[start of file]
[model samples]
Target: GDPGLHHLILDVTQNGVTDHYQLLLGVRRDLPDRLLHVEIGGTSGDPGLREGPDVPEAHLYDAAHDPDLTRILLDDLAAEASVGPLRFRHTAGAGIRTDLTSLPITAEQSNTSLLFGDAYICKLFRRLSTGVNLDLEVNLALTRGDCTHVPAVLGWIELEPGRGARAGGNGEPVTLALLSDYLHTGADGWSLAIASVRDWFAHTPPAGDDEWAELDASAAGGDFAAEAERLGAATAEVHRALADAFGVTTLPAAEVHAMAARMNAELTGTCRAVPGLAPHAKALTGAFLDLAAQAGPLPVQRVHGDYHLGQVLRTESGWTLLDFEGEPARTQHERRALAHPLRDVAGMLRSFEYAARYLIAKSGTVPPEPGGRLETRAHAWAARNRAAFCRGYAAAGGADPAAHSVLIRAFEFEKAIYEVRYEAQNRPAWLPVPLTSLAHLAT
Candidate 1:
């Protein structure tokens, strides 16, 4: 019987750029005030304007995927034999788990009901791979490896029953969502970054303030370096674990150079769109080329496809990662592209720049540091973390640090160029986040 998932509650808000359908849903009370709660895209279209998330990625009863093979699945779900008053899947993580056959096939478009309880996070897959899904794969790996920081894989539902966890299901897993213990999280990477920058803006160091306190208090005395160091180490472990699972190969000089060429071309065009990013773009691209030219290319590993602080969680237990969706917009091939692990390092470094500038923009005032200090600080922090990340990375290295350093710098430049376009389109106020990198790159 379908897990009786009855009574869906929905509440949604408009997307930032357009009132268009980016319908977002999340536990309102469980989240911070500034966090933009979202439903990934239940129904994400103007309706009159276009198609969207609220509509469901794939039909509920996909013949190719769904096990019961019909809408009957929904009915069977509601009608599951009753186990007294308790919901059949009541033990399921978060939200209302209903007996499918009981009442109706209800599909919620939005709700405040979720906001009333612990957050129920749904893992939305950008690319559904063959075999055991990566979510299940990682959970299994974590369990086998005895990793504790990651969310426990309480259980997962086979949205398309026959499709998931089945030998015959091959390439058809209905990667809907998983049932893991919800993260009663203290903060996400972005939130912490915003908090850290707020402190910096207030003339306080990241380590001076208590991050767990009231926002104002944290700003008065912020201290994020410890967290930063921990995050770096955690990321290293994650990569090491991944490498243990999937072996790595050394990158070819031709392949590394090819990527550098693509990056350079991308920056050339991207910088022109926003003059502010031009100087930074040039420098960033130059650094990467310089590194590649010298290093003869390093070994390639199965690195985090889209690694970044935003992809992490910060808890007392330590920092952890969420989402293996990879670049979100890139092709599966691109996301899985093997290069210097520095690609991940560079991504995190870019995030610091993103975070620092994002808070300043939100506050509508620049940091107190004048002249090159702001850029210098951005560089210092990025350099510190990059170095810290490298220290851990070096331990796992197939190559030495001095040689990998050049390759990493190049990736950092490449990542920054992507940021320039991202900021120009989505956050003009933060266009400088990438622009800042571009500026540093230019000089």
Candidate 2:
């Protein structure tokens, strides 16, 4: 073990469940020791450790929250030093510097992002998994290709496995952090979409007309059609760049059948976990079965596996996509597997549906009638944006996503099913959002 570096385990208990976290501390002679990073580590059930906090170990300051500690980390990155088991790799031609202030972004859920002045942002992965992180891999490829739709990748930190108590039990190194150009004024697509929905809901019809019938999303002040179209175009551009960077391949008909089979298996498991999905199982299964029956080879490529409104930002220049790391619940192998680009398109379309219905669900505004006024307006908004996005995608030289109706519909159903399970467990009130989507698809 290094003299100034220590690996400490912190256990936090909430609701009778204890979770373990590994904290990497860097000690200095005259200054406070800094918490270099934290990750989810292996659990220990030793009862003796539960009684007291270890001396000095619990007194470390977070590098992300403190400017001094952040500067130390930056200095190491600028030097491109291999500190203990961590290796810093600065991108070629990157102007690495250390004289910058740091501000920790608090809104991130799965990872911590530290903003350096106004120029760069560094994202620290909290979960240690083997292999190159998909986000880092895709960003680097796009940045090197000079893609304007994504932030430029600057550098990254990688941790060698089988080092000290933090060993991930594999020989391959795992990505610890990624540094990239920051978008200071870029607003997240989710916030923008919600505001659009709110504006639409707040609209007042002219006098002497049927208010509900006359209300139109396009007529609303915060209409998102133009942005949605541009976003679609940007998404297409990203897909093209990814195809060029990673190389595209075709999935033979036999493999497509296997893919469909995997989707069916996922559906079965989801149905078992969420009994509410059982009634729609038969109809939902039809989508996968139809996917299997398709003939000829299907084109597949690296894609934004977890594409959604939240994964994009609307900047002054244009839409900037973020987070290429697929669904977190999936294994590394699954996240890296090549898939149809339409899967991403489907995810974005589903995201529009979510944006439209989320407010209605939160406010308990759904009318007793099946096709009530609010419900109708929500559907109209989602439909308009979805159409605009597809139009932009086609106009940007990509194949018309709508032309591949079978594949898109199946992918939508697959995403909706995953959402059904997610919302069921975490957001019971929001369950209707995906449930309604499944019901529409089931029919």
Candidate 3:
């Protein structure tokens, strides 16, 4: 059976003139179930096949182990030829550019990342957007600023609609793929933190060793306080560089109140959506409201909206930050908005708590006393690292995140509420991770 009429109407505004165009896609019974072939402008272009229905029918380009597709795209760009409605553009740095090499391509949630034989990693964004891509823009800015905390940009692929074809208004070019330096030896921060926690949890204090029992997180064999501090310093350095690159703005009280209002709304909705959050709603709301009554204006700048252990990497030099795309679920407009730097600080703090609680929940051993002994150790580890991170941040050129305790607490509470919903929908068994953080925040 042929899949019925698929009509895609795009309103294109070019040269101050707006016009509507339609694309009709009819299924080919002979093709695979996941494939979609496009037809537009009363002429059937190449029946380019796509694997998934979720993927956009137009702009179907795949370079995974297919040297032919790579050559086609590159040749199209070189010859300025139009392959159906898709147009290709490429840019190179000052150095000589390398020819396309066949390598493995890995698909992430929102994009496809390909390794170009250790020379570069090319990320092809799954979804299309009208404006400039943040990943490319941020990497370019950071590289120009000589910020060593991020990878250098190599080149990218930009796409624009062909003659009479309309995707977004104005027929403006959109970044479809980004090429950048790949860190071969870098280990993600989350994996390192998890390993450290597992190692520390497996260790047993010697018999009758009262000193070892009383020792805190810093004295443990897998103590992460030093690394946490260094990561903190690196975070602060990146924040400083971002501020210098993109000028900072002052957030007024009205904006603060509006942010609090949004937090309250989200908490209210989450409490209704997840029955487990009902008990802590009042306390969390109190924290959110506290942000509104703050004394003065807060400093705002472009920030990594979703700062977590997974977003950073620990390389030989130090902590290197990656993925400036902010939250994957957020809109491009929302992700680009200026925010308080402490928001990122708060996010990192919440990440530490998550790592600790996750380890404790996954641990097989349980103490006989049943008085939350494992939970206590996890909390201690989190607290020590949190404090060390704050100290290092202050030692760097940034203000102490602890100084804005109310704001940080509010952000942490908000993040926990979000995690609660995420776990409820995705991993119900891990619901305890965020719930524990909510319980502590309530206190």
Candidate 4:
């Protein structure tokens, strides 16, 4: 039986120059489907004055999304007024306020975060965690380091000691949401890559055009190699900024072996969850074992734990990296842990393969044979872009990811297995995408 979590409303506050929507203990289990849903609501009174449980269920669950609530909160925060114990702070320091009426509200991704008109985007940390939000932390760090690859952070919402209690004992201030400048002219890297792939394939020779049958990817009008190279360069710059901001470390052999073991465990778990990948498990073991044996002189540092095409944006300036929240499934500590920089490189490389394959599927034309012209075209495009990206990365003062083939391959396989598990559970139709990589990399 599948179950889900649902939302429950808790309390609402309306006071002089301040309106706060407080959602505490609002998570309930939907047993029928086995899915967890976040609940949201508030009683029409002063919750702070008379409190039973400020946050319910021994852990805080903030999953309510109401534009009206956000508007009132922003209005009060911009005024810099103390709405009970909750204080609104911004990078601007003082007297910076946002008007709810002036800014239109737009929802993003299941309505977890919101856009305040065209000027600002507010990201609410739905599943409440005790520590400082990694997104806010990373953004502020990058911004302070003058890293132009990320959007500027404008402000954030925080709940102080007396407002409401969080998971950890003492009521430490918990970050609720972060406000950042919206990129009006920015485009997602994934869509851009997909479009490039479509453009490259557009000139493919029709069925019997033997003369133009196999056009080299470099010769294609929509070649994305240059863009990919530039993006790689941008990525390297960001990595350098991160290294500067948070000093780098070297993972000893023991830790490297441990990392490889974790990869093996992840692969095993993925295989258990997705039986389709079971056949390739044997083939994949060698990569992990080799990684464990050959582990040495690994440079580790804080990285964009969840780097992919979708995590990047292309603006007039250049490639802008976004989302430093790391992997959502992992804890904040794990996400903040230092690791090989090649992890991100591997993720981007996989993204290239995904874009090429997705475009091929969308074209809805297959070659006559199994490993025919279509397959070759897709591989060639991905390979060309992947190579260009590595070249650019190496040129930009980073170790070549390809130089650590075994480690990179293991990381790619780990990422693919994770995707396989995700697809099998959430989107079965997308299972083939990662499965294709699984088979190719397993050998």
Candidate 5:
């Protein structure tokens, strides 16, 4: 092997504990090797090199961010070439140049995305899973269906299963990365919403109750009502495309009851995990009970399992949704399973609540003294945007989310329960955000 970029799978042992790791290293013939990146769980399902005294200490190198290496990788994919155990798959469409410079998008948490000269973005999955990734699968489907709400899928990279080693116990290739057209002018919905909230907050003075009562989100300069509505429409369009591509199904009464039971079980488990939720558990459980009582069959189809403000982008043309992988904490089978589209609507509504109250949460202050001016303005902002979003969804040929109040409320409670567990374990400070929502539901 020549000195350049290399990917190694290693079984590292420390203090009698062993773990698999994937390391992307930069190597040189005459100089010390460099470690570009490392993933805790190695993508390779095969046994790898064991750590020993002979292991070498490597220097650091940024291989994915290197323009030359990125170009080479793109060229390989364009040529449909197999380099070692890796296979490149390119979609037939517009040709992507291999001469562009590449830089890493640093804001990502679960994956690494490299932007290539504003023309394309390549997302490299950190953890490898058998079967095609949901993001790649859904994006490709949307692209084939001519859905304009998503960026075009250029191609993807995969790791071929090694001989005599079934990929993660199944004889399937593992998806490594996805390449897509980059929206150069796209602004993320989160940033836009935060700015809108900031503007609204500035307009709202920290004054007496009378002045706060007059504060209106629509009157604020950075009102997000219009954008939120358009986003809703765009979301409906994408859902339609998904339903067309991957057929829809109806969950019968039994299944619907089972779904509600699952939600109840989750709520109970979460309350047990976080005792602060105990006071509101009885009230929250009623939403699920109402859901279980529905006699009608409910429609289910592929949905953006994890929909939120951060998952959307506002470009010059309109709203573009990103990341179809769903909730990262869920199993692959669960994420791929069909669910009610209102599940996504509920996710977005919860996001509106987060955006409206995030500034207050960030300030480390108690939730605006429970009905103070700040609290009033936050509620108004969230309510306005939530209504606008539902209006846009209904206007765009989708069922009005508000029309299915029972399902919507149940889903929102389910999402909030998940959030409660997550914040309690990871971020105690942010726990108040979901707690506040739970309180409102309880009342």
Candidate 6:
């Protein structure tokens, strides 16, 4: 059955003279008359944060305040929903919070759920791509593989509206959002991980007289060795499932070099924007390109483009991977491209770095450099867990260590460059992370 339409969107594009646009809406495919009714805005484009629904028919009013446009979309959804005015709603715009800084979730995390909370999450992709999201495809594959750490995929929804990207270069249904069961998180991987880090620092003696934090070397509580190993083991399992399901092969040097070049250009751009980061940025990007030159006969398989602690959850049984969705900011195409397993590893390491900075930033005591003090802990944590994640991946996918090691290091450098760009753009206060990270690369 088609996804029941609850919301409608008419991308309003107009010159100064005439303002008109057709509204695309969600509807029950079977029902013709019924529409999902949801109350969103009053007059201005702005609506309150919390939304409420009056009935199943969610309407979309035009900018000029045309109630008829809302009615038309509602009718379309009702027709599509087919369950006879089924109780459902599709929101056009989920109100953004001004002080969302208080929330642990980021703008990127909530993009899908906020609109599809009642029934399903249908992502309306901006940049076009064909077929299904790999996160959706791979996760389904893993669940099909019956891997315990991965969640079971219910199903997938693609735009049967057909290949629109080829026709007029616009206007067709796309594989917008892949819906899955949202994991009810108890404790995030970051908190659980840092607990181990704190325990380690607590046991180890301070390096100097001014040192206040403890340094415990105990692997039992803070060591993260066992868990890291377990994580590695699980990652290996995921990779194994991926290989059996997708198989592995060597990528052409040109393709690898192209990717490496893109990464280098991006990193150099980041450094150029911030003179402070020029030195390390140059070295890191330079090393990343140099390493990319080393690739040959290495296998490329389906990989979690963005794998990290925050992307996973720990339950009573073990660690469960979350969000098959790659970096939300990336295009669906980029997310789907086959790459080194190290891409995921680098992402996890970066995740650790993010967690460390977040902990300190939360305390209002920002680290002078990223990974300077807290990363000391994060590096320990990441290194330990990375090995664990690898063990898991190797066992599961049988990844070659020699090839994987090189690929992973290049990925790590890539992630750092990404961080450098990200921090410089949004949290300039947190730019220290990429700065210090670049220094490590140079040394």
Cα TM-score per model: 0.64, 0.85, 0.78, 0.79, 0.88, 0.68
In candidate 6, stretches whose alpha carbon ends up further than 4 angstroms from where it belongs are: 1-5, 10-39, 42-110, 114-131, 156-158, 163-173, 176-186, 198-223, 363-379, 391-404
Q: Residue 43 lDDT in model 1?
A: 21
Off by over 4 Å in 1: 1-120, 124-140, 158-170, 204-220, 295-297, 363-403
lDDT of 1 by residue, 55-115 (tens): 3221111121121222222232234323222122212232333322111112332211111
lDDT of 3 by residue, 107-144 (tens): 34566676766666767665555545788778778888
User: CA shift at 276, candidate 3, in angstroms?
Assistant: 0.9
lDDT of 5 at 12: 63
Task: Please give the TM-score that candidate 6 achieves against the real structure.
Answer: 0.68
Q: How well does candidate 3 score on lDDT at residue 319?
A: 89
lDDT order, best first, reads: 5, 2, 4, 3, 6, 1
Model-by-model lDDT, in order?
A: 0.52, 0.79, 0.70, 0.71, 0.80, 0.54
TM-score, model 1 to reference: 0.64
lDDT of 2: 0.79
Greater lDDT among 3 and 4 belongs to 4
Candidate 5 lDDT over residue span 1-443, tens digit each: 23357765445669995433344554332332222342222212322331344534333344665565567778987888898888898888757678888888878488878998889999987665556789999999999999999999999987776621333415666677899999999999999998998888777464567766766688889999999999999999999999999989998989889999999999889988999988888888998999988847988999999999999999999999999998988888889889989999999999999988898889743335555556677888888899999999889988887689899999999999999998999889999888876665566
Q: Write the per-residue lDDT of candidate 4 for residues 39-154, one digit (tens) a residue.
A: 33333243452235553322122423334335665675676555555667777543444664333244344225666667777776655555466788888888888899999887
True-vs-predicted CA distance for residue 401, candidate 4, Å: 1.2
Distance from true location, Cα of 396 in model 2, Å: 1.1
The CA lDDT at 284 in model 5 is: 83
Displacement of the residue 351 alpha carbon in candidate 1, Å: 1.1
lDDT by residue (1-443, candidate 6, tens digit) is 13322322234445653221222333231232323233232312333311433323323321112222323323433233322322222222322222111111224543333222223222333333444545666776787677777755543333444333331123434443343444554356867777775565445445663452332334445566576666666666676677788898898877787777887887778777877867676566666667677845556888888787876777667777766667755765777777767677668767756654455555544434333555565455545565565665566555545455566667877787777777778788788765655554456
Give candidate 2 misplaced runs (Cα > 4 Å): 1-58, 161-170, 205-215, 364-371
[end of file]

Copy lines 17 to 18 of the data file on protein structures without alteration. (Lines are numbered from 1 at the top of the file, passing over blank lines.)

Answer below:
Q: Residue 43 lDDT in model 1?
A: 21